The Bishop Hendricken baseball team hasn’t played many close games this year and it wasn’t really expecting one Friday with 1-5 Cranston East coming to town.
But when the Hawks found themselves in a very close game, they delivered.
With East’s Anthony Perry holding down the Hawks like no pitcher has all season and the ’Bolts playing near-flawless defense behind him, Hendricken responded in kind. Mike McCaffrey tossed a complete-game shutout, his defense came up with several key plays and the offense finally broke through for a run in the sixth inning as the Hawks won 1-0 and ran their record to 7-0. They’re the only unbeaten team in Division I.
“To be tested and come through with a tough win is great,” said Hendricken head coach Ed Holloway. “It’s easy when you win 8-0, 10-0. It’s when you feel the pressure and you’re able to come through with the win. It was a 1-0 game. It could have gone either way but the kids played tough.”
Before Friday, Hendricken’s only nail-biter was a 3-2 win over La Salle. Outside of that, they had out-scored opponents 58-5 in their other five games.
East wasn’t ready to join that list. Perry, a junior right-hander, had frustrated Cranston West the week before in his first-ever varsity start. Using a sidearm delivery and an uncanny ability to throw strikes, he was even better against the Hawks. He walked one and scattered just three hits through five innings. His defense also turned two double plays, including a 5-3 twin-killing in the fourth that came when the Hawks had two runners on.
“He pitched a great game,” Holloway said. “He threw strikes and he had that sidearm delivery. He was able to throw strike after strike after strike. He did a great job. We tried moving up in the box a little bit to get it early, but he was still tough.”
Thankfully for the Hawks, McCaffrey was just as good. The sophomore lefty gave up base hits to the first two batters of the game but got out of the jam and then cruised. He gave up just one more hit and finished with five strikeouts.
The win was a nice gift for McCaffrey, who was celebrating his 16th birthday.
“I couldn’t think of anything better,” he said. “I felt like I didn’t keep them off-balance enough in the first inning. They have some very good hitters. They know me and I know them. After that, I just changed my approach a little bit.”
And eventually, the Hawks made a winner out of him.
Rob Henry led off the bottom of the sixth by lining a 1-2 pitch into center field for a single. Ed Markowski bunted him to second.
Perry fell behind No. 3 hitter Gian Martellini 3-1, but Martellini hit a hard grounder to third. Alex Figueiredo gloved it and threw to first for the second out.
With a base open, East elected to intentionally walk cleanup hitter Mike King. That brought up John Toppa, and the sophomore seized the opportunity. He roped an 0-1 pitch into left-center and Henry raced home with the go-ahead run.
“You could almost see the intentional walk getting him going,” Holloway said. “He’s a fierce competitor. He was able to come through, which is huge.”
McCaffrey and the Hendricken defense made the slim lead stand up. Alex Corvese led off the seventh for East and battled through a seven-pitch at-bat before McCaffrey got him to chase a pitch on the outside corner for the strikeout.
Nick Ferry followed with a ground ball to shortstop, where Lou Umberto couldn’t handle a tough hop. Ferry reached on the error, and two pitches later, he stole second, putting the tying run in scoring position.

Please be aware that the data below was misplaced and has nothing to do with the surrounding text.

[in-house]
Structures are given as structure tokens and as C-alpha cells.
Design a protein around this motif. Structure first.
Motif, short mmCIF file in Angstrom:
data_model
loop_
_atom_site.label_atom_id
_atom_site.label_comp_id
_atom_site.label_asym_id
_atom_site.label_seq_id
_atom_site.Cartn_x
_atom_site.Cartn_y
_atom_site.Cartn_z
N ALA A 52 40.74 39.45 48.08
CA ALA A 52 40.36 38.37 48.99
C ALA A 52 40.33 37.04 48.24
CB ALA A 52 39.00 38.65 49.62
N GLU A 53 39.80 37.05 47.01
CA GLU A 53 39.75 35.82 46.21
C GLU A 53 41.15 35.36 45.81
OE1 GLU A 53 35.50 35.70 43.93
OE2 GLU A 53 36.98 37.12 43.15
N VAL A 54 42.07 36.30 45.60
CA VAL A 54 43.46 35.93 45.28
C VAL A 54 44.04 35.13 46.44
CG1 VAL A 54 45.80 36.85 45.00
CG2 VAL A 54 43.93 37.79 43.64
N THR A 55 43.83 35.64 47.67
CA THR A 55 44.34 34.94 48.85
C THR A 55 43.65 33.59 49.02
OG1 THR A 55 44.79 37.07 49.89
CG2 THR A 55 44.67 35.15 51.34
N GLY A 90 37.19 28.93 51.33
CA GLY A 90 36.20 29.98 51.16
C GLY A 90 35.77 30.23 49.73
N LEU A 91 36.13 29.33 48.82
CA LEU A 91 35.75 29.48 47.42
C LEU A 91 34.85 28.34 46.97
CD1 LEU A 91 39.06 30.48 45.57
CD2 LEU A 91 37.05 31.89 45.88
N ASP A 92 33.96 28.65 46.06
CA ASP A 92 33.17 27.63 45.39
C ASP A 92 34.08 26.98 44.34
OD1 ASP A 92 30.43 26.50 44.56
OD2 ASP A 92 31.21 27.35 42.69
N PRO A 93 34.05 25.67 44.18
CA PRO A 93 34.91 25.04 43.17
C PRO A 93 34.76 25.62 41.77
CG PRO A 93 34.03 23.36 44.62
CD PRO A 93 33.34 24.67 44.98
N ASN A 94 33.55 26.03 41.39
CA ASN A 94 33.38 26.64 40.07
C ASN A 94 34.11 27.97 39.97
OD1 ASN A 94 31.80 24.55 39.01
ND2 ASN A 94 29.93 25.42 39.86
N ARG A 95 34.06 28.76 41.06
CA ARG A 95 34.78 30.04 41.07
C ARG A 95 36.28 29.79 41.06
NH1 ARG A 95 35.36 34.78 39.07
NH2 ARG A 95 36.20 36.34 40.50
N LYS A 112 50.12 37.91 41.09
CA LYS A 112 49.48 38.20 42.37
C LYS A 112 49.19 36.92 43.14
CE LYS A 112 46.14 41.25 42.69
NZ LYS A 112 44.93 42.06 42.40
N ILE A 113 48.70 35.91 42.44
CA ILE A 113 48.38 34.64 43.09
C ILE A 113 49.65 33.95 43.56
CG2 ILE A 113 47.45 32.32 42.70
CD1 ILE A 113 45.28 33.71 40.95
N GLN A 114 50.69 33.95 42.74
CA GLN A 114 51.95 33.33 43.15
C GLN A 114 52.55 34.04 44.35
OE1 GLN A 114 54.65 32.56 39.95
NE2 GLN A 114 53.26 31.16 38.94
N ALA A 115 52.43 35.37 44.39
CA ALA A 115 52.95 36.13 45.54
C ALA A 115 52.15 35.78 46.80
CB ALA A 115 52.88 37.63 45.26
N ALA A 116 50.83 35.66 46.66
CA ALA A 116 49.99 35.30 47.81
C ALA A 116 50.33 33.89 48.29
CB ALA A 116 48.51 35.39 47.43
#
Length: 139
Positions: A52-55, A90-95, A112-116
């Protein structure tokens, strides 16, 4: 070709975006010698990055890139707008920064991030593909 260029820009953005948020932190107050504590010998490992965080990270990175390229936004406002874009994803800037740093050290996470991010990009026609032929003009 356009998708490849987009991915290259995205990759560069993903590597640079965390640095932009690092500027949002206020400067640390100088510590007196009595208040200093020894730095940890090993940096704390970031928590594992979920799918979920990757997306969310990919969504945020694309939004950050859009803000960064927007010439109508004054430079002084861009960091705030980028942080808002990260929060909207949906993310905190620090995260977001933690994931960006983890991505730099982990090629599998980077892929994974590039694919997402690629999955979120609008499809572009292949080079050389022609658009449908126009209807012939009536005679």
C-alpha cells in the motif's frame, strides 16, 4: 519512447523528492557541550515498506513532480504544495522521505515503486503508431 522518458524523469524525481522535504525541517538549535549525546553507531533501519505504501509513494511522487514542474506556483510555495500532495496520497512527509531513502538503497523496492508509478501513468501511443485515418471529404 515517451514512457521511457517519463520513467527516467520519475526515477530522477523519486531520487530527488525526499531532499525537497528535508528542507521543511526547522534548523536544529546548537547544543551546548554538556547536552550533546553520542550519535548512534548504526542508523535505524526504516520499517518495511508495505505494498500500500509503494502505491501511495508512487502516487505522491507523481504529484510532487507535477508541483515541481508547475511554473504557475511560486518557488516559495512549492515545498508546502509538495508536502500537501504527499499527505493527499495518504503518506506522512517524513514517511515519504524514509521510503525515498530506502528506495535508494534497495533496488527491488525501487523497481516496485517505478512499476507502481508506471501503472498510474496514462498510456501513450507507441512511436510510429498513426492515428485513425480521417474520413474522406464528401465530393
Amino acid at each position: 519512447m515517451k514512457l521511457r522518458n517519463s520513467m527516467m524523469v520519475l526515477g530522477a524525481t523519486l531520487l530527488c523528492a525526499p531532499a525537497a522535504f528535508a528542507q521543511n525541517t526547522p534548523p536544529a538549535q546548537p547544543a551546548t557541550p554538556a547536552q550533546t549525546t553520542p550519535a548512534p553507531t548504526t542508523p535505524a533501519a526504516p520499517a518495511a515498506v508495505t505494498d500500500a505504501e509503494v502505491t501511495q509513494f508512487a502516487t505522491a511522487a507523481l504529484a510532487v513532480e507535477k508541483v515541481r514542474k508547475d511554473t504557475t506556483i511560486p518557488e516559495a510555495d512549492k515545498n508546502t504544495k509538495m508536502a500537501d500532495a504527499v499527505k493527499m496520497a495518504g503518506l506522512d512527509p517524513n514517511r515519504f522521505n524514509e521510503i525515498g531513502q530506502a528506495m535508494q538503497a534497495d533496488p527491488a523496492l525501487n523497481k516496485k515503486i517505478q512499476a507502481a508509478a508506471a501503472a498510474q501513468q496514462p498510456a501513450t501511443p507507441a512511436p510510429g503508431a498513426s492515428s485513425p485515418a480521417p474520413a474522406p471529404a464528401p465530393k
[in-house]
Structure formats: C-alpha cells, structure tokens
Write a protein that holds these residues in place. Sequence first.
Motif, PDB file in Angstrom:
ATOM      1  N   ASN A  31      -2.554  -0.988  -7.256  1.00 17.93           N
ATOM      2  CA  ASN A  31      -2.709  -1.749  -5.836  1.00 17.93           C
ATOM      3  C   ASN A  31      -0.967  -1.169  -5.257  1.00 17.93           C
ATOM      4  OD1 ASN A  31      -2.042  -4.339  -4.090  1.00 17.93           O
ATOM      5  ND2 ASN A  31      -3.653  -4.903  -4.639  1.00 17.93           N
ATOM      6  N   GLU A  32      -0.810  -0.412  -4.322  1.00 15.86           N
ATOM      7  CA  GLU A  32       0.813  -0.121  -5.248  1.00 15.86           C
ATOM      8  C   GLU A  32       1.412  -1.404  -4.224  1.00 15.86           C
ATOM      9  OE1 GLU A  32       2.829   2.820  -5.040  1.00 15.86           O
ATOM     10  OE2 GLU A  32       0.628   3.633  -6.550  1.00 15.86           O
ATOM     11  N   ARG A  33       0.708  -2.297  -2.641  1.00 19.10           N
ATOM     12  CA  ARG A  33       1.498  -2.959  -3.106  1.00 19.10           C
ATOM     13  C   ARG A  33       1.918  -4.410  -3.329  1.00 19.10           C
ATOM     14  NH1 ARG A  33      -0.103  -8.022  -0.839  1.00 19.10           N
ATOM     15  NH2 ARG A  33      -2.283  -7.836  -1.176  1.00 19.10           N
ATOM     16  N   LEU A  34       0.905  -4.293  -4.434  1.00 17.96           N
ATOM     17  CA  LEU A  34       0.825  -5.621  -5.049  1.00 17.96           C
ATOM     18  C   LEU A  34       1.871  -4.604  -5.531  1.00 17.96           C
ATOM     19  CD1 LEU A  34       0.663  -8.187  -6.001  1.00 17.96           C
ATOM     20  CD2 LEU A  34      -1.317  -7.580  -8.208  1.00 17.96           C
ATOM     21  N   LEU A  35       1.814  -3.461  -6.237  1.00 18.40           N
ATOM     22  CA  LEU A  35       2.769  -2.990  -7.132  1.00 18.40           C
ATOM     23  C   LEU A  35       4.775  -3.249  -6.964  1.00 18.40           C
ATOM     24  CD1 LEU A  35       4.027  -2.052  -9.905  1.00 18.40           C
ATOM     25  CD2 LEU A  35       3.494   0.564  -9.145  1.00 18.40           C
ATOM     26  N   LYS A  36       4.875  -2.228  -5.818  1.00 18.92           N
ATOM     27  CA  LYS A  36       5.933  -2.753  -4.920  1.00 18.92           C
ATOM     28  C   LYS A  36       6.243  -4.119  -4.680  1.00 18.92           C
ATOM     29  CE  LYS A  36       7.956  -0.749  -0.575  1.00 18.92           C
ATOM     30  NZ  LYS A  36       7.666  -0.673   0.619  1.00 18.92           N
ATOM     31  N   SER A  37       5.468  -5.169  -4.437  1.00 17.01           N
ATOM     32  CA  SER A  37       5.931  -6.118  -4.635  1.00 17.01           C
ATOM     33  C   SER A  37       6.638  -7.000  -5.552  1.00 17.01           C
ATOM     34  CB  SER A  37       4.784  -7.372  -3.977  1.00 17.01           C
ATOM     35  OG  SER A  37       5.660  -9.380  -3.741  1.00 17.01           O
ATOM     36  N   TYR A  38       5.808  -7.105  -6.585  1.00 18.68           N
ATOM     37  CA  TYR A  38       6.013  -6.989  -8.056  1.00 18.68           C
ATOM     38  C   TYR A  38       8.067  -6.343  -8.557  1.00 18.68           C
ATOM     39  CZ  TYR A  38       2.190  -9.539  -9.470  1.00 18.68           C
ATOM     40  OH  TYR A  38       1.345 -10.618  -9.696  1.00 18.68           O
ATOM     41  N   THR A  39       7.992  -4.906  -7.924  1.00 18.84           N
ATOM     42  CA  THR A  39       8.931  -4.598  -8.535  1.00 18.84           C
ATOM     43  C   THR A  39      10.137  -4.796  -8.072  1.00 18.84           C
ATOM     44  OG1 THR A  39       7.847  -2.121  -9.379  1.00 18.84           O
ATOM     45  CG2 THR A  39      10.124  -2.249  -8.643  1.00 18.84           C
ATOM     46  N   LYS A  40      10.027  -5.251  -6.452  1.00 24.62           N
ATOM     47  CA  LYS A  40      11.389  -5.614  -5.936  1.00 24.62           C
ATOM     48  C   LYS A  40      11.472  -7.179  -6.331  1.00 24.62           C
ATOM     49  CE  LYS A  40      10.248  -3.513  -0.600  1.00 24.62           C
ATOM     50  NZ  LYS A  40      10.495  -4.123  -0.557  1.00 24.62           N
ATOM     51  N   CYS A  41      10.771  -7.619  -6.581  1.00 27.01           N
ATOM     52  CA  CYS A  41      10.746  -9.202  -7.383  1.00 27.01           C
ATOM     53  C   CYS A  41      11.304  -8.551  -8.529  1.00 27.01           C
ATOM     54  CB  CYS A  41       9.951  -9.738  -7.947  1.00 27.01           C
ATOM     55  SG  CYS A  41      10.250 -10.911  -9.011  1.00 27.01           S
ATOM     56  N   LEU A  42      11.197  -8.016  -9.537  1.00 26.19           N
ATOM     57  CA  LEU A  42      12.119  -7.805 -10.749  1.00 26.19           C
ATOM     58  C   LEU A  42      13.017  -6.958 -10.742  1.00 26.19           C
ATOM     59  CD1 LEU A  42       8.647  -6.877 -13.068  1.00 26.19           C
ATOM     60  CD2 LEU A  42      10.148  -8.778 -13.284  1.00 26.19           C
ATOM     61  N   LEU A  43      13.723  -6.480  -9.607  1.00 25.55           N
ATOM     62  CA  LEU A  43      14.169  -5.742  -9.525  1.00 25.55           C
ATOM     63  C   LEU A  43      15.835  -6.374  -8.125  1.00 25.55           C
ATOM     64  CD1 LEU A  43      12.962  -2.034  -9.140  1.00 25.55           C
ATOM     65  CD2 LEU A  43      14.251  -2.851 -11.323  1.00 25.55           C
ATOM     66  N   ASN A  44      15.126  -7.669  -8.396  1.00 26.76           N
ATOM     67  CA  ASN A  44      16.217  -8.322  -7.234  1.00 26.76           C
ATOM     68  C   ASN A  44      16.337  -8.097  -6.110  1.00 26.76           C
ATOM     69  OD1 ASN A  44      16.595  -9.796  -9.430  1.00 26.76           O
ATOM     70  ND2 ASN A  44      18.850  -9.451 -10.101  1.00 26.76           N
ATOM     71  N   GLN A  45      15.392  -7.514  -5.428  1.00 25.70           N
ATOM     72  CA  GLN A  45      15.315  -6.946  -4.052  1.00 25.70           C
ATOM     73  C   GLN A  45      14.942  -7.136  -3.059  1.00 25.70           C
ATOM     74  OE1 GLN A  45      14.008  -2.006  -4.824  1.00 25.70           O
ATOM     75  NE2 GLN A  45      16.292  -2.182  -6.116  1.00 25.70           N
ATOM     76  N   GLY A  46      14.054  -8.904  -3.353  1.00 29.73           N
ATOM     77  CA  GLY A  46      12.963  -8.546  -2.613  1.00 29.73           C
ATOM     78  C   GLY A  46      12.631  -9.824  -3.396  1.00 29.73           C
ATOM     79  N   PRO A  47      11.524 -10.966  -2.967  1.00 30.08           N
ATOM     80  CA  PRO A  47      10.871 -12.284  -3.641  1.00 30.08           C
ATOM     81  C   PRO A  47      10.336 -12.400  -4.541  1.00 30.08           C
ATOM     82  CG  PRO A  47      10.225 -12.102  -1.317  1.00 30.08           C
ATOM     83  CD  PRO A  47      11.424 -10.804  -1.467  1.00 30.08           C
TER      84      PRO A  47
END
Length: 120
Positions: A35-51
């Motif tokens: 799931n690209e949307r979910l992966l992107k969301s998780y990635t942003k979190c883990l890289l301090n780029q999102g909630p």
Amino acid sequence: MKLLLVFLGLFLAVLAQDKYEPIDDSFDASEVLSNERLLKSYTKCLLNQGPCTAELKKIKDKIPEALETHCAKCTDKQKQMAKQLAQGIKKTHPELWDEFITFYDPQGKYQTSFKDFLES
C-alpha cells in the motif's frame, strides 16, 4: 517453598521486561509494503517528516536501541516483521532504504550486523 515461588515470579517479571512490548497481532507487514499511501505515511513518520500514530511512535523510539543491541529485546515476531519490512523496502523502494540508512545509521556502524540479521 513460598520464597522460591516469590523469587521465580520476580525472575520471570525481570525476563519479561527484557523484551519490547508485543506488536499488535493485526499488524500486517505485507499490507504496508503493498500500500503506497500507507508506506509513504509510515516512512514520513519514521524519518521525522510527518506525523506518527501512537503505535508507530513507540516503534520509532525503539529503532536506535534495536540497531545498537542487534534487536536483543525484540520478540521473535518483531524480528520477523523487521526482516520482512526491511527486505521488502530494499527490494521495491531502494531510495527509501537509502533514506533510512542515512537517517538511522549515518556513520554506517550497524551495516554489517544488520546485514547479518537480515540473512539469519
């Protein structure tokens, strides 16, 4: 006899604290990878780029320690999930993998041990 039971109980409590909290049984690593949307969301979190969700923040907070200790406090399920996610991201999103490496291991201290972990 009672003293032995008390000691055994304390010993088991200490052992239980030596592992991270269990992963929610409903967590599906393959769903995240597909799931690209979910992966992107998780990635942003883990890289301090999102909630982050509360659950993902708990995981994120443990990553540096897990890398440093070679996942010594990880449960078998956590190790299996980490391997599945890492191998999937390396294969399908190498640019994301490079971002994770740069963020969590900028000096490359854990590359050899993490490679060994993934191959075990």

But the Hawks came through. Matt Corey hit a soft line drive just beyond the infield dirt on the right side. Second baseman Matt Murphy ranged back and made the catch. Ferry was off the second base bag, and Murphy fired a strike to Umberto, who stepped on the base before Ferry slid back in for a game-ending double play.
“That was another excellent play,” Holloway said. “Perfect timing on the throw. It’s tough for baserunners when they’re in no man’s land but we were fortunate that Murph got to the ball. Then he made a great throw, and Lou was there.”
While the Hawks made a handful of miscues in the field, plays like that saved the day. Martellini made a diving catch of a foul pop-up in the third inning and the Hawks turned a double play in the fourth.
In the fifth, they made the play of the day. With two outs and runners on first and second, East’s Harold Corniel hit a ground ball to the hole between shortstop and third base. Umberto dove to stop it, rolled and threw from the ground to Markowski at third base for an inning-ending force-out. Had Umberto not stopped the ball, a run might have scored. Had he not made the throw to third, East would have had the bases loaded for Ivan Reyes, the team’s best hitter.
“It’s funny,” Holloway said. “It’s been in my mind to work that play in practice, where the ball goes to the shortstop’s right and he has a play at third. I haven’t done it yet, but they made the play. Eddie called for it. He yelled for Lou to make that throw. Lou was able to do it. It was hard. He was on the ground, but he was able to get it. That was a great play.”
The one negative for the Hawks was the lack of offense. They left five runners on base and finished with only five hits, all of them singles.
But on this day, the Hawks tipped their cap to East and focused on the good things.
“The last couple of games, we’ve left some guys on base, but our pitching has been outstanding and our defense has been good,” Holloway said. “This was a great game to win. It was like a playoff game.”
The Hawks were slated to be back in action Monday against Johnston, with results unavailable at press time. They’ll host Woonsocket on Wednesday and Lincoln on Friday. Both games are at 4 p.m.
“I’m happy that we’re undefeated,” Holloway said. “I just tell the guys we need to get better every day, every game.”